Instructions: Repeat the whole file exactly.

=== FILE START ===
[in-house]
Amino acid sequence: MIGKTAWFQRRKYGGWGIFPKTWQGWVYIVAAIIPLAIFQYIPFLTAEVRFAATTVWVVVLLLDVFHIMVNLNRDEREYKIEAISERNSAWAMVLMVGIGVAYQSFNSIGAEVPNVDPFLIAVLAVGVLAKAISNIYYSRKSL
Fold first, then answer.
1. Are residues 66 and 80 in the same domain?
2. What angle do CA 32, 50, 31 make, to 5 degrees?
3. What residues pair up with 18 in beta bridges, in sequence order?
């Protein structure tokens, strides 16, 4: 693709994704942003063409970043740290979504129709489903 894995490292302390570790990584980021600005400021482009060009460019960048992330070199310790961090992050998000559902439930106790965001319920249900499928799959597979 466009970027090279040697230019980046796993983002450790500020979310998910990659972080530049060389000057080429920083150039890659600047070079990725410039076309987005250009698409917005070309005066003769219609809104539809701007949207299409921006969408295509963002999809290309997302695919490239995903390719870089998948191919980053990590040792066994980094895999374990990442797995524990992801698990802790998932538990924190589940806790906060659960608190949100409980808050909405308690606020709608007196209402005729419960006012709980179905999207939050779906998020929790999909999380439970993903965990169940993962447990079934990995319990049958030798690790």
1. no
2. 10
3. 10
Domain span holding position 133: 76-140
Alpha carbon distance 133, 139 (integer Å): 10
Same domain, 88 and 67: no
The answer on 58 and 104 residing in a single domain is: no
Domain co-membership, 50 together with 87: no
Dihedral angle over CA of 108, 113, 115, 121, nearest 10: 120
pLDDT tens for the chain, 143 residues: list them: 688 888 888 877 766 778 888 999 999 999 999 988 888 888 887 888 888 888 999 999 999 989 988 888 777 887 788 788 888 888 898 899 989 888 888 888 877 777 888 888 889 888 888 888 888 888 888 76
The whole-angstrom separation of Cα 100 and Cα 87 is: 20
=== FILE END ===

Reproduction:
[in-house]
Amino acid sequence: MIGKTAWFQRRKYGGWGIFPKTWQGWVYIVAAIIPLAIFQYIPFLTAEVRFAATTVWVVVLLLDVFHIMVNLNRDEREYKIEAISERNSAWAMVLMVGIGVAYQSFNSIGAEVPNVDPFLIAVLAVGVLAKAISNIYYSRKSL
Fold first, then answer.
1. Are residues 66 and 80 in the same domain?
2. What angle do CA 32, 50, 31 make, to 5 degrees?
3. What residues pair up with 18 in beta bridges, in sequence order?
């Protein structure tokens, strides 16, 4: 693709994704942003063409970043740290979504129709489903 894995490292302390570790990584980021600005400021482009060009460019960048992330070199310790961090992050998000559902439930106790965001319920249900499928799959597979 466009970027090279040697230019980046796993983002450790500020979310998910990659972080530049060389000057080429920083150039890659600047070079990725410039076309987005250009698409917005070309005066003769219609809104539809701007949207299409921006969408295509963002999809290309997302695919490239995903390719870089998948191919980053990590040792066994980094895999374990990442797995524990992801698990802790998932538990924190589940806790906060659960608190949100409980808050909405308690606020709608007196209402005729419960006012709980179905999207939050779906998020929790999909999380439970993903965990169940993962447990079934990995319990049958030798690790």
1. no
2. 10
3. 10
Domain span holding position 133: 76-140
Alpha carbon distance 133, 139 (integer Å): 10
Same domain, 88 and 67: no
The answer on 58 and 104 residing in a single domain is: no
Domain co-membership, 50 together with 87: no
Dihedral angle over CA of 108, 113, 115, 121, nearest 10: 120
pLDDT tens for the chain, 143 residues: list them: 688 888 888 877 766 778 888 999 999 999 999 988 888 888 887 888 888 888 999 999 999 989 988 888 777 887 788 788 888 888 898 899 989 888 888 888 877 777 888 888 889 888 888 888 888 888 888 76
The whole-angstrom separation of Cα 100 and Cα 87 is: 20